I wouldnt draw any conclusions until the actuall stuff i public, but it doesnt sound good. This Obama thing sounds like pure speculation and it sounds a bit hollow to me.

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August 5, 2010 7:19:10 AM from Sins of a Solar Empire Forums Sins of a Solar Empire Forums

Never draw any conclusions until the train arrives and someone says "Papaers plas!"...

 

(Did I just godwin it already?)

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August 5, 2010 8:34:20 AM from JoeUser Forums JoeUser Forums

Quoting Aractain,
(Did I just godwin it already?)

Maybe you just Rooskied it.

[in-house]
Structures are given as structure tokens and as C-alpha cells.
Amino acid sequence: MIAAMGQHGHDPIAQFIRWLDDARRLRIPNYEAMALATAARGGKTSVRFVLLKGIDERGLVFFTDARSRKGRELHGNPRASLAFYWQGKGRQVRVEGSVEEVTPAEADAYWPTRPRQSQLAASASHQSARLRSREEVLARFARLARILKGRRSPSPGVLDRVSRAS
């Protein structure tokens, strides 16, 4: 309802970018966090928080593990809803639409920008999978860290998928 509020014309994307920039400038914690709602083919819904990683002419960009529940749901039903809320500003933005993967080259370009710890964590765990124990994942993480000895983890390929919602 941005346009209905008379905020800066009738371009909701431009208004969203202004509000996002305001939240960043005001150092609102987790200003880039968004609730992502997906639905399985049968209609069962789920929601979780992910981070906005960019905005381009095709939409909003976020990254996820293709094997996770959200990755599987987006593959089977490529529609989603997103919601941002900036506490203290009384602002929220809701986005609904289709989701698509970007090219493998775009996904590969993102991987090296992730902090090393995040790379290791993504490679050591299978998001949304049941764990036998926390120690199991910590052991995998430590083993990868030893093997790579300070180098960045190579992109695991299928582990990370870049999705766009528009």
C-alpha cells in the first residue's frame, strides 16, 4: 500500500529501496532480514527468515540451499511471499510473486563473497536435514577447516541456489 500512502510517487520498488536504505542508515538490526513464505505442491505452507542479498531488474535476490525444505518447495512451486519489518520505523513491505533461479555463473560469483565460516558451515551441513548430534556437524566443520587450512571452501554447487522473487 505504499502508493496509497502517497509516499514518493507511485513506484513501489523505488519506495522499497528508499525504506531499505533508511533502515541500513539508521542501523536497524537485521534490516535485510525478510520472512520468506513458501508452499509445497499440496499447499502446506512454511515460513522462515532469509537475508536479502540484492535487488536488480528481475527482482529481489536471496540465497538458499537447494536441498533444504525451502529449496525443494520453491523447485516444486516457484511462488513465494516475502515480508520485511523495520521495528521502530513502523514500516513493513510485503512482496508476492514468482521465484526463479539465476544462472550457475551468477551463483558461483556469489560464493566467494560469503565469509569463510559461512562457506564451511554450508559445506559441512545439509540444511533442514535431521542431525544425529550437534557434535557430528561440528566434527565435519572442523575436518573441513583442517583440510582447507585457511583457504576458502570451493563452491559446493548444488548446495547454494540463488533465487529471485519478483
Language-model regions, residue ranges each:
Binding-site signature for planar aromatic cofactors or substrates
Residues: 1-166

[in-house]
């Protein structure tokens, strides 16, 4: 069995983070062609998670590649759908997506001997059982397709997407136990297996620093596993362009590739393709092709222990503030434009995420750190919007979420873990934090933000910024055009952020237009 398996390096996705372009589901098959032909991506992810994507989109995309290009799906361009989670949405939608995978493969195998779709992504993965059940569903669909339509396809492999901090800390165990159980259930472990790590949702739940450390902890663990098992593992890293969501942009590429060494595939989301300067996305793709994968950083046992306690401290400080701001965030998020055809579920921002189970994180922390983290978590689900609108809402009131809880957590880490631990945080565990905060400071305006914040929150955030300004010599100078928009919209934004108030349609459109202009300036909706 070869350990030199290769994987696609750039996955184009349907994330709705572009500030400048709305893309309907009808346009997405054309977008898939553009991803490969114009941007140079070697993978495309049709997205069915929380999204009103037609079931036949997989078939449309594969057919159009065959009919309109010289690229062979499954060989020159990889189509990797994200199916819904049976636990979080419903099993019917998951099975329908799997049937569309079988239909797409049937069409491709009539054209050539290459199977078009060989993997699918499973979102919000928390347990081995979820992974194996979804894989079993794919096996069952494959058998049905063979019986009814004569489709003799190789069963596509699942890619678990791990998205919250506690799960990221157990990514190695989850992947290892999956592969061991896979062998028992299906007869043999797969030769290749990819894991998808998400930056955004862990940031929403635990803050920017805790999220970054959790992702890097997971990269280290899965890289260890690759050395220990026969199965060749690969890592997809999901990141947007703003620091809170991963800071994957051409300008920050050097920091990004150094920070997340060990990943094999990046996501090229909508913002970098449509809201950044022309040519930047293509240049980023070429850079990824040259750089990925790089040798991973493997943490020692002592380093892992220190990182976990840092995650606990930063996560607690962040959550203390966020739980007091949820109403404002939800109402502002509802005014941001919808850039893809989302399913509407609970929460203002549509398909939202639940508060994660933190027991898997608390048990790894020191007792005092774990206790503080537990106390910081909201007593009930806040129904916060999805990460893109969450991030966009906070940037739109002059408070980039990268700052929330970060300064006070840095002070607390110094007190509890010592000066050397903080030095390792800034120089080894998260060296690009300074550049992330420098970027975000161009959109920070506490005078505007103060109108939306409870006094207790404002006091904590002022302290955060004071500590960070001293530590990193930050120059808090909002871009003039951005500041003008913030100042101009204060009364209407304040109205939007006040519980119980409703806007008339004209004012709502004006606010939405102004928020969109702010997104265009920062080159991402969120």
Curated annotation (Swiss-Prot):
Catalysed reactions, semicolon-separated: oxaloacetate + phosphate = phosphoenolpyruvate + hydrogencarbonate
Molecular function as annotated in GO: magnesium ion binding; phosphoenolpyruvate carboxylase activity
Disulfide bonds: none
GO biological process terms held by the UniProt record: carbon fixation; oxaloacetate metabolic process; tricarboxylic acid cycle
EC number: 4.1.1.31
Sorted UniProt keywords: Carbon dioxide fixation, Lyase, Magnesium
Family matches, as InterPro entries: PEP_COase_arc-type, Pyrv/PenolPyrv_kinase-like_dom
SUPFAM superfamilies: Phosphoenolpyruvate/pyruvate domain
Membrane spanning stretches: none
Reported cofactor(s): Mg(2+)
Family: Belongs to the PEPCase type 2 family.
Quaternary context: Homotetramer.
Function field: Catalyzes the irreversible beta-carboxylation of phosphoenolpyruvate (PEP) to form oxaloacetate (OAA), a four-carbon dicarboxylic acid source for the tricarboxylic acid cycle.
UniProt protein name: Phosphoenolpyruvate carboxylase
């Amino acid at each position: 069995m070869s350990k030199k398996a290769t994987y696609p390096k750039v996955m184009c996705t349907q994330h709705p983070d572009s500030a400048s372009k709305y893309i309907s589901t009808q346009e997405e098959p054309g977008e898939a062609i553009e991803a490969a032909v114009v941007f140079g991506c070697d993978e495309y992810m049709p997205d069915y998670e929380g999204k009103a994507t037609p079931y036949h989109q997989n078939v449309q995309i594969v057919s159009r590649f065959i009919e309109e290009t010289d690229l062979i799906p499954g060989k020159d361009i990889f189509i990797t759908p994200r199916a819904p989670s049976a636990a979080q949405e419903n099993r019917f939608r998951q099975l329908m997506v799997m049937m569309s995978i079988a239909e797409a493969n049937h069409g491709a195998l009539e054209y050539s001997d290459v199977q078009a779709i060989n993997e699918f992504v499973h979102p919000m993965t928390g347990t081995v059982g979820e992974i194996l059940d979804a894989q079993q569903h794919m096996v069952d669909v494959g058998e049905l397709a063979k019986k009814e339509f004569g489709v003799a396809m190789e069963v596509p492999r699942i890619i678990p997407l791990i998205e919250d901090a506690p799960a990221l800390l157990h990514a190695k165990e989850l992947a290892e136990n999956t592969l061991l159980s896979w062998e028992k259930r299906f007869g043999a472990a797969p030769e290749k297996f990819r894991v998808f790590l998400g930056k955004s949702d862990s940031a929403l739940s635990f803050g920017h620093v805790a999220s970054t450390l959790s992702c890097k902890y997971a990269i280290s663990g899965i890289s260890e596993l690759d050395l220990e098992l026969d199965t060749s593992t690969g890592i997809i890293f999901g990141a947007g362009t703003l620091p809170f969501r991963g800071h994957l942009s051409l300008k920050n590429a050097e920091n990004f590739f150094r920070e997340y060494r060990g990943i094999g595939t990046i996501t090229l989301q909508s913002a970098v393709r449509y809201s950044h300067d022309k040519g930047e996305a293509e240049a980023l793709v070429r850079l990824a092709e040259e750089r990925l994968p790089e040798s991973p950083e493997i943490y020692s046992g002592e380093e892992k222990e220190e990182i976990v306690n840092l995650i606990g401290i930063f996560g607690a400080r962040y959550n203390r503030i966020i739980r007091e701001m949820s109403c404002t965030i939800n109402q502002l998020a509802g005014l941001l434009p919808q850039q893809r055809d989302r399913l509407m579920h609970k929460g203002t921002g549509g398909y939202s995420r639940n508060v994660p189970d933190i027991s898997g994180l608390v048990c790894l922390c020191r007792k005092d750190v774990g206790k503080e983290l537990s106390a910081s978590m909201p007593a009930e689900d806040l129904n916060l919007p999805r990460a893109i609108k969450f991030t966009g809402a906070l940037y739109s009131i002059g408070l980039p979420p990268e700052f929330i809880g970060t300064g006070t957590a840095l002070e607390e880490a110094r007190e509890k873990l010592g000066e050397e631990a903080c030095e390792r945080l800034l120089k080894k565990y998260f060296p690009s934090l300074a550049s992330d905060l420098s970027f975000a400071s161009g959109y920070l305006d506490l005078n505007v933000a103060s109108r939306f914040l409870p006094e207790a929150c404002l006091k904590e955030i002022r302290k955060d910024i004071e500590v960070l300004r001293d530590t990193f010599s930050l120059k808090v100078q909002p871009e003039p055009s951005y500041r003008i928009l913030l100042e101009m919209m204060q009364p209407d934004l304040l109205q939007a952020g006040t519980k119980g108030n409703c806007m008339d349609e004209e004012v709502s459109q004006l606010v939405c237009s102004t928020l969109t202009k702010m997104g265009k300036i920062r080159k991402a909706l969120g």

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August 5, 2010 7:13:23 PM from Stardock Forums Stardock Forums

Of course they are both denying it. It will be interesting to see what proof is offered about these deals, assuming there is any.

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August 5, 2010 7:38:07 PM from Elemental Forums Elemental Forums

What the hell do you mean by "Canadian style" internet? We don't have any caps in place.

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August 5, 2010 7:44:56 PM from Stardock Forums Stardock Forums

[quote who="TheProgress" reply="5" id="2706266"]What the hell do you mean by "Canadian style" internet? We don't have any caps in place.
[/quote]

I don't know what that person meant, but the few Canadians I have talked to have monthly caps. Thing is, some of the US ISP have unadvertised caps too.